It's official, the 2012 primary election season is in the final week and candidates are pulling all the stops to get your vote before Tuesday's election.
The most original effort may belong to Lisa Jenkins, who is running a heated campaign against incumbent Linda Pierce for the Superior Court clerk's position.
Two young Jenkins supporters -- Deonta Whitaker and DeAngelo Wilson -- have a rap song touting their candidate. You can watch it on Facebook.
"These two young men have been working with me from the beginning," Jenkins explained. "I took their talents and put them to use. I am excited to share their artistic taste."
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The election season is not limited to the Georgia side of the Chattahoochee. Campaign signs have popped up like mushrooms on the Alabama side of the muddy divide as Phenix City prepares to elect a mayor and council next month.
The most unusual sign belongs to Michelle E. Walker, a sitting council member representing District 2.
"Change is on the way."
How many incumbents do you know who run on a platform of change? It will be interesting to see if that political strategy works.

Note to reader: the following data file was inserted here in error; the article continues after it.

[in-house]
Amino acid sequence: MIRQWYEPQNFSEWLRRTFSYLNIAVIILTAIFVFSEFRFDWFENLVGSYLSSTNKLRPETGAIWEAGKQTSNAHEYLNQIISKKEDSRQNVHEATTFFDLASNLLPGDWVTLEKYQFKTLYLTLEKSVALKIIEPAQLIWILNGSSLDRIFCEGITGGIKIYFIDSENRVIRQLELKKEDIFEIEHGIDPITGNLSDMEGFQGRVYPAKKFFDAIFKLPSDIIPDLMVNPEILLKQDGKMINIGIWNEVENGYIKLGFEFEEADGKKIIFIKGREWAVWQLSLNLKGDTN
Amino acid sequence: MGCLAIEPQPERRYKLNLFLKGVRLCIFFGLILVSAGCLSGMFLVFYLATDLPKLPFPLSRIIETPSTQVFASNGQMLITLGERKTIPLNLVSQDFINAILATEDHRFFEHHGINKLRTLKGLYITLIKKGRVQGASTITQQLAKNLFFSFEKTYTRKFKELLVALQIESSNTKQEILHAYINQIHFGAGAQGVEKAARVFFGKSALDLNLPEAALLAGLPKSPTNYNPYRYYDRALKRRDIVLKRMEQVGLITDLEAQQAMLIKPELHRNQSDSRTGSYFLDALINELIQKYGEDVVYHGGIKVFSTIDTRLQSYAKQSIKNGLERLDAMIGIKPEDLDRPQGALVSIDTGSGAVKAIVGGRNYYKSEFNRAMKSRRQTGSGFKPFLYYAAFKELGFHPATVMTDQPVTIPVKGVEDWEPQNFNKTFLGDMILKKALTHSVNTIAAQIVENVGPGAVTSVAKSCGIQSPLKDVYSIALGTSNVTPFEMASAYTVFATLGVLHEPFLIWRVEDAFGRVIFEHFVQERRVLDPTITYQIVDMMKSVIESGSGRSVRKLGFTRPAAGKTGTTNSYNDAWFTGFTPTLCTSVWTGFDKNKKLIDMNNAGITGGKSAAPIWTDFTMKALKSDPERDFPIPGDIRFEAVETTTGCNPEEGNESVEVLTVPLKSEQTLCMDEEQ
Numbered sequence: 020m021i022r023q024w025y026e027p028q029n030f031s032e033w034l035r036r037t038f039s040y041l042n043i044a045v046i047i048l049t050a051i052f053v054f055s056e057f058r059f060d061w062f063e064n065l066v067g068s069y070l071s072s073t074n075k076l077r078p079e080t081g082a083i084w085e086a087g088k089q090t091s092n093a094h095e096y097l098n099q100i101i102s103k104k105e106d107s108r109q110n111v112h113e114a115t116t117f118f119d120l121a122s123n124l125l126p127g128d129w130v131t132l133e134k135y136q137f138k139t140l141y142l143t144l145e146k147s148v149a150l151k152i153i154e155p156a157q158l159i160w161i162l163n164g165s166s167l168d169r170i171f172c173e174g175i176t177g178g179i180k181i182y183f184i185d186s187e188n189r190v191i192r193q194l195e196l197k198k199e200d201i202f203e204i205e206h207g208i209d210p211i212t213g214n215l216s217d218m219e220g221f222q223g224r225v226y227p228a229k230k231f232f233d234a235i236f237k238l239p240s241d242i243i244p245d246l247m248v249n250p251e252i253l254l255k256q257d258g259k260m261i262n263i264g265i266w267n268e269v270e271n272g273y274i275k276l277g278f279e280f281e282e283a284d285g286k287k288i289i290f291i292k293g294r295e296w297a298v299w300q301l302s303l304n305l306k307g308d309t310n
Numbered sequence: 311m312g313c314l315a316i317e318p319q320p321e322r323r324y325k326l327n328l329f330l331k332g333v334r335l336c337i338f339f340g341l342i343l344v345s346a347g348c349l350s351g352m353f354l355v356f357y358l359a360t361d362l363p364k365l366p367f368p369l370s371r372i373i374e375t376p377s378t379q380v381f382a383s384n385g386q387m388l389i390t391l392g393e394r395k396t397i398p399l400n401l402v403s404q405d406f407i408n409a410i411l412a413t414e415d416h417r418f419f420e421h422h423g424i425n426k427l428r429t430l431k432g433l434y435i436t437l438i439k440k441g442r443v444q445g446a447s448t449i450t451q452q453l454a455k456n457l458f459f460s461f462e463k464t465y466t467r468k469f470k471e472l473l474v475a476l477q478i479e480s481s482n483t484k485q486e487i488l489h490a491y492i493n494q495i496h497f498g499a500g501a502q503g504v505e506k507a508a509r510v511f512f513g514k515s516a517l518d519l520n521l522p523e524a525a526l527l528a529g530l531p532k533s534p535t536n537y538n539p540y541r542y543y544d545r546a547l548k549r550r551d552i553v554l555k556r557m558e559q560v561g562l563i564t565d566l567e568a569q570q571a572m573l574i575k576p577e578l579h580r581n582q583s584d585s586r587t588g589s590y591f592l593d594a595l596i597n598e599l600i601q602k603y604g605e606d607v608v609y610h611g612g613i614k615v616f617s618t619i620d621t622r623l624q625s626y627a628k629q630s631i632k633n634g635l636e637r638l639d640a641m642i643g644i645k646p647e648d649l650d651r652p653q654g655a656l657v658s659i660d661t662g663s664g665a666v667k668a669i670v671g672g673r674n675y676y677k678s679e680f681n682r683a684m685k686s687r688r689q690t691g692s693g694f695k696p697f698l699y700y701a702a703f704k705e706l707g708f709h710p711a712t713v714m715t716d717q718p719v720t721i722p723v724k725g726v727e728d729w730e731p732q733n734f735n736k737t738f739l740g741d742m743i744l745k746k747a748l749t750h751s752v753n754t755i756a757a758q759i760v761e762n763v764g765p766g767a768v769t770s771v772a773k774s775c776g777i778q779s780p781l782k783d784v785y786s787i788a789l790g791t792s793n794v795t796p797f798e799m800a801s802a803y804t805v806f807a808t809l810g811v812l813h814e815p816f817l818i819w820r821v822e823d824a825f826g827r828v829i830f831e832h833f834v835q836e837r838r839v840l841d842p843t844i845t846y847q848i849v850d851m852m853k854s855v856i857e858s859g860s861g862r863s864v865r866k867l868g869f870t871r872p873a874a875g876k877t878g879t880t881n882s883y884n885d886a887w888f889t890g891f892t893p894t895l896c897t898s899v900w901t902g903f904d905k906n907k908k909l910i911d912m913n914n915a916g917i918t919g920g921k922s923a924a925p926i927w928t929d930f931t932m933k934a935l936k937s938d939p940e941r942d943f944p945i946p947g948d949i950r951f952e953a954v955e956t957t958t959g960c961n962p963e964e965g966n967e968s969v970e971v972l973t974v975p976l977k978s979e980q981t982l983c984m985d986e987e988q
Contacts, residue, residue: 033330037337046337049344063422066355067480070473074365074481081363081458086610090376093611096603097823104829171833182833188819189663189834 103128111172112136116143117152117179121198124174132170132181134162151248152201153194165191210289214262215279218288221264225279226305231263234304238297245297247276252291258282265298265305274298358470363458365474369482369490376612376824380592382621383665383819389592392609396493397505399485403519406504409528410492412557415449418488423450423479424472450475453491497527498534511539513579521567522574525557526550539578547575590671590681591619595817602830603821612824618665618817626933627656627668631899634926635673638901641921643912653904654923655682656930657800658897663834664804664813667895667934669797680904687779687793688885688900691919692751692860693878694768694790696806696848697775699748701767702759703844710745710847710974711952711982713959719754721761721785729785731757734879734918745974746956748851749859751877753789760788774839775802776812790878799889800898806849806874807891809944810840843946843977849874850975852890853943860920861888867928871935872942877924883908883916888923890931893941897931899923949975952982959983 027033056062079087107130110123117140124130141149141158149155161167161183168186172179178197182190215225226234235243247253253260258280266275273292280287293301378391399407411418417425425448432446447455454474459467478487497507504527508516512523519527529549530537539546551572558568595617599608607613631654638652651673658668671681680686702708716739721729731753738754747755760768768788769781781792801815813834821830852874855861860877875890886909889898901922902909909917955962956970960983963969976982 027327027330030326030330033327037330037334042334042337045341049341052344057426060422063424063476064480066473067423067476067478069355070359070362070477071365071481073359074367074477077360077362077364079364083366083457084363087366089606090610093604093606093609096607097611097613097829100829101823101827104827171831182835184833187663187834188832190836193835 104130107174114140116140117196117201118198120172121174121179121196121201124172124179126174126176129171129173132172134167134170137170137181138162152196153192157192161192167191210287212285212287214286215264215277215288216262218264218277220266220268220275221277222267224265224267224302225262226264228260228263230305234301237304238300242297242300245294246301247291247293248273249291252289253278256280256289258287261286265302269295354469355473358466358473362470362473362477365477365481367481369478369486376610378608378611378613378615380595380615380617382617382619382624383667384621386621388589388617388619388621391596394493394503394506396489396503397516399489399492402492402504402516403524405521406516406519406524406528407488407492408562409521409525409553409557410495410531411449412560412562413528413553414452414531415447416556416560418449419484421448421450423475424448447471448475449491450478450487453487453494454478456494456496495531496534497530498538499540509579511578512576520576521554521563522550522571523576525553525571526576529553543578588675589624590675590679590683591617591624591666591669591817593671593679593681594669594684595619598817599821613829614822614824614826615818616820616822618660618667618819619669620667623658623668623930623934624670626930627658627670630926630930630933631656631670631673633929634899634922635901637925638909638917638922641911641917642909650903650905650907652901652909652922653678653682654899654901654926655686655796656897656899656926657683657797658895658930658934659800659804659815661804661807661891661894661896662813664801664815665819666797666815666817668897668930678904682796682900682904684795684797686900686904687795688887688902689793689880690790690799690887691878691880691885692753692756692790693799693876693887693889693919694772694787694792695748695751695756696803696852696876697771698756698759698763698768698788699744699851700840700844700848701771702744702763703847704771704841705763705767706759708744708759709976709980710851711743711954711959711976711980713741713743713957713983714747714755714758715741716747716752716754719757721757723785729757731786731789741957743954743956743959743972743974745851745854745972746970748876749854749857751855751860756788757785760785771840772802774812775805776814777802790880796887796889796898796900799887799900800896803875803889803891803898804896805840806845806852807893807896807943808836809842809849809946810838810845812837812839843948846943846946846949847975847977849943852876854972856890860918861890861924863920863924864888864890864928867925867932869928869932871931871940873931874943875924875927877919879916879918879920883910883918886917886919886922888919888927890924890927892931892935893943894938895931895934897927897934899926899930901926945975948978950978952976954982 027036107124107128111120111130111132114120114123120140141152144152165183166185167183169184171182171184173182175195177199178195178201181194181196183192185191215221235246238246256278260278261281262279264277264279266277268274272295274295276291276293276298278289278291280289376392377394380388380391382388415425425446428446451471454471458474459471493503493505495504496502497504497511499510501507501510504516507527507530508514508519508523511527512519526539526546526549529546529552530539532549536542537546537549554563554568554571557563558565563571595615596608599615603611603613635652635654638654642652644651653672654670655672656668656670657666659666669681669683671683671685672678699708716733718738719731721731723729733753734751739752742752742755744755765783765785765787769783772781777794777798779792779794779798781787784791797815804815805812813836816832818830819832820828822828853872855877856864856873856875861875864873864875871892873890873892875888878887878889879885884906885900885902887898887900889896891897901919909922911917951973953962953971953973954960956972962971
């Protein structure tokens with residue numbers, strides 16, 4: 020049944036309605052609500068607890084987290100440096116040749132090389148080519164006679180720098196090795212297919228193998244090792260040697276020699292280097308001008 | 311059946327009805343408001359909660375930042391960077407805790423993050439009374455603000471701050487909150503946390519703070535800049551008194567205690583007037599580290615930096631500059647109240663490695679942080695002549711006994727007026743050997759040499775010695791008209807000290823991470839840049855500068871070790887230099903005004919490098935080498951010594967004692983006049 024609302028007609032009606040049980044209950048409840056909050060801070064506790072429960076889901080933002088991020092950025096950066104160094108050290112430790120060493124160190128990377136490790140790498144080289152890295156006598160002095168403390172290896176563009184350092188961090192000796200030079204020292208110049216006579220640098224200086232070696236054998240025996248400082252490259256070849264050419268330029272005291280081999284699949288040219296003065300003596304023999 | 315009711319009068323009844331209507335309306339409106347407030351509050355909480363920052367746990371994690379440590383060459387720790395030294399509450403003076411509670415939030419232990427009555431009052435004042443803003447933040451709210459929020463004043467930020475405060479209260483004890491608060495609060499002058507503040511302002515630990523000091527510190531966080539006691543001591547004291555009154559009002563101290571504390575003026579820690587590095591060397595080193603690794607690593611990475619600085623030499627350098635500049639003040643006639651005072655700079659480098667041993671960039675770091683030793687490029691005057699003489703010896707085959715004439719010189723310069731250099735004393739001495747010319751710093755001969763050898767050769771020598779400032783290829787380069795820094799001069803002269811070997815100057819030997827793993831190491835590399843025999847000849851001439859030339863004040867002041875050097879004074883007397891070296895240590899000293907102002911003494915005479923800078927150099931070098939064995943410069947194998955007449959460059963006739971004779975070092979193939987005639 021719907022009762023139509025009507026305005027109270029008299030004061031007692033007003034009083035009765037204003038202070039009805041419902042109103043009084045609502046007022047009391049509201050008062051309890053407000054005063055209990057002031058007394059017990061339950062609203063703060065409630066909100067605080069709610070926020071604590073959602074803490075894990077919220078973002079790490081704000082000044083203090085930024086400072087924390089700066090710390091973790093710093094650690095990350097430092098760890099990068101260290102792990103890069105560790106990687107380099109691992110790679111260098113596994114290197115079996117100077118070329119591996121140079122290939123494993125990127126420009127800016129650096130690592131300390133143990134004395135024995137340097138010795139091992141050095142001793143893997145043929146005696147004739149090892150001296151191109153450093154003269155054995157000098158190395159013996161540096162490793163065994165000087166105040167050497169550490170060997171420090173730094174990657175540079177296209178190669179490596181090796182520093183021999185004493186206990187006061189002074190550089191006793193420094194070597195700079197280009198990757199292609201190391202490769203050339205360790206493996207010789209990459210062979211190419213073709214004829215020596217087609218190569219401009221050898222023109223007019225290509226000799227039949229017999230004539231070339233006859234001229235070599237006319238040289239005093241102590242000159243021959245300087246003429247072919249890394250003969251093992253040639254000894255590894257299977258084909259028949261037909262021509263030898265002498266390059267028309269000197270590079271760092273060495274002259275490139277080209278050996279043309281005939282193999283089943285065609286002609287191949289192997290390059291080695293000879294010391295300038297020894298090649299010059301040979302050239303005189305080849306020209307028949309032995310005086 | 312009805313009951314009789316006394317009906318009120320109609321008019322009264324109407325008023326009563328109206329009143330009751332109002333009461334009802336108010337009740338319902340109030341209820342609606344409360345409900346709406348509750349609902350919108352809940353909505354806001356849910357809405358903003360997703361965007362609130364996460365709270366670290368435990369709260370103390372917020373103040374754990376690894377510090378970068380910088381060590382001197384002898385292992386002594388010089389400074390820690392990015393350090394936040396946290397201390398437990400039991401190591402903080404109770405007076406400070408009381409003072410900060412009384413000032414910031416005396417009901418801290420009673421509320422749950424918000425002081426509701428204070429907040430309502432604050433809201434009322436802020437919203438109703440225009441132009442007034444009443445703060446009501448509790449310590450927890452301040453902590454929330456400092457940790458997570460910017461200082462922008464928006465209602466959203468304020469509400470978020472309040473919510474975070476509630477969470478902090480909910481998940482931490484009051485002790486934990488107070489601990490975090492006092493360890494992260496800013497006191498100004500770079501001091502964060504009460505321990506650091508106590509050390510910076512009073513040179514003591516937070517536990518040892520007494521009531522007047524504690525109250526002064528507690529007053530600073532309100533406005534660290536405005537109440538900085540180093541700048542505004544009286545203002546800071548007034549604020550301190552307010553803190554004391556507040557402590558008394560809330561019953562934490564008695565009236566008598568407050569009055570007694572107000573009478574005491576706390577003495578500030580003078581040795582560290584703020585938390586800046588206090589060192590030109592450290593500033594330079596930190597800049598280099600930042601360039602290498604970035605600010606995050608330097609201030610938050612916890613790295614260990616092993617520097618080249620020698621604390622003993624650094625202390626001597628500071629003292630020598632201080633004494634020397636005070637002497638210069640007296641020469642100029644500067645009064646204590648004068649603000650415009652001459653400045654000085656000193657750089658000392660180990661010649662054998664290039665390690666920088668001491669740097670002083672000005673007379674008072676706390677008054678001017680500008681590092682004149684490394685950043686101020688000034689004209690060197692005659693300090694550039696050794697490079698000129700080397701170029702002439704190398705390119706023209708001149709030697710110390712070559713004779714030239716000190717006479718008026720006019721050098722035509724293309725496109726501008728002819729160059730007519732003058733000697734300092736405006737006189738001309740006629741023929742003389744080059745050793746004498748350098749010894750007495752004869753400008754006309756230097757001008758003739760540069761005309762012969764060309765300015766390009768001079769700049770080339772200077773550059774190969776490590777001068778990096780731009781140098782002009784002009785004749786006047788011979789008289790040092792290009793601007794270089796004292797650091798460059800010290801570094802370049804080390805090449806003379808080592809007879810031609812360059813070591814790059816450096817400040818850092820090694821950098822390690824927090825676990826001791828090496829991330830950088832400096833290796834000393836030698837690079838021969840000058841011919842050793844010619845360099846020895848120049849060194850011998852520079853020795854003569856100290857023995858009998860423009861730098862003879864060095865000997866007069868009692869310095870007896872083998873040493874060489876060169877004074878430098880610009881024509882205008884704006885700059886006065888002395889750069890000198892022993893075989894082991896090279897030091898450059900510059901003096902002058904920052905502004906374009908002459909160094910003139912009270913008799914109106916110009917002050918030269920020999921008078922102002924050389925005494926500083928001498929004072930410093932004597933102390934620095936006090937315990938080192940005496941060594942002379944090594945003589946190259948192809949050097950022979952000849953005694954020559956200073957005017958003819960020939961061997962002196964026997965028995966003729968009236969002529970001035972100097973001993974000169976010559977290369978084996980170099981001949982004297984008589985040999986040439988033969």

Talk about a misérables day.
Edward Alejandro, 22, got cited Monday on a misdemeanor theft by shoplifting charge. The accusation: He lifted a $1.29 Mystic Peach drink from a Victory Drive store.
Police say Alejandro took the 16-ounce drink from a freezer, put it in his back pocket and used his shirt to cover it. An employee confronted Alejandro, who said he'd just walked a mile, was thirsty and didn't have the money.
Officers responded to the store, and Alejandro again said he took the soda and just didn't have the cash for it. He was given a court summons on the shoplifting charge, reports state.
A pedestrian walking down Wynnton Road found a way to beat the heat Tuesday afternoon. This gentleman knelt on the sidewalk in front of Chick-fil-A and leaned his head into the lawn sprinklers.
No word on whether he wanted waffle fries with that.
Folks who live in and around the Columbus area are pretty familiar with the credit-card processor TSYS.
After all, how can you miss the sprawling corporate headquarters downtown? Plus, there are about 4,300 local residents earning a paycheck at the high-tech firm.
But the company, like most things in life, easily can be taken for granted. Even with TSYS reporting a nearly $67 million quarterly profit Tuesday, it can be difficult to get a handle on just how big the operation is.
That is until you hear TSYS Chairman and CEO Phil Tomlinson discuss with Wall Street analysts the Bank of America contract announced last week.
"Once we convert this portfolio in mid-2014, we believe our market share of the Visa and Mastercard credit-card market will be in the range of approximately 40 percent," he said.
And that's not counting its growing business in Europe, Latin America and in the Asia-Pacific region.
Not bad at all for a company that was hatched as a card-processing division of Columbus Bank and Trust in the 1960s.
-- Ledger-Enquirer staff writers contribute to this report. Contact them at firstname.lastname@example.org.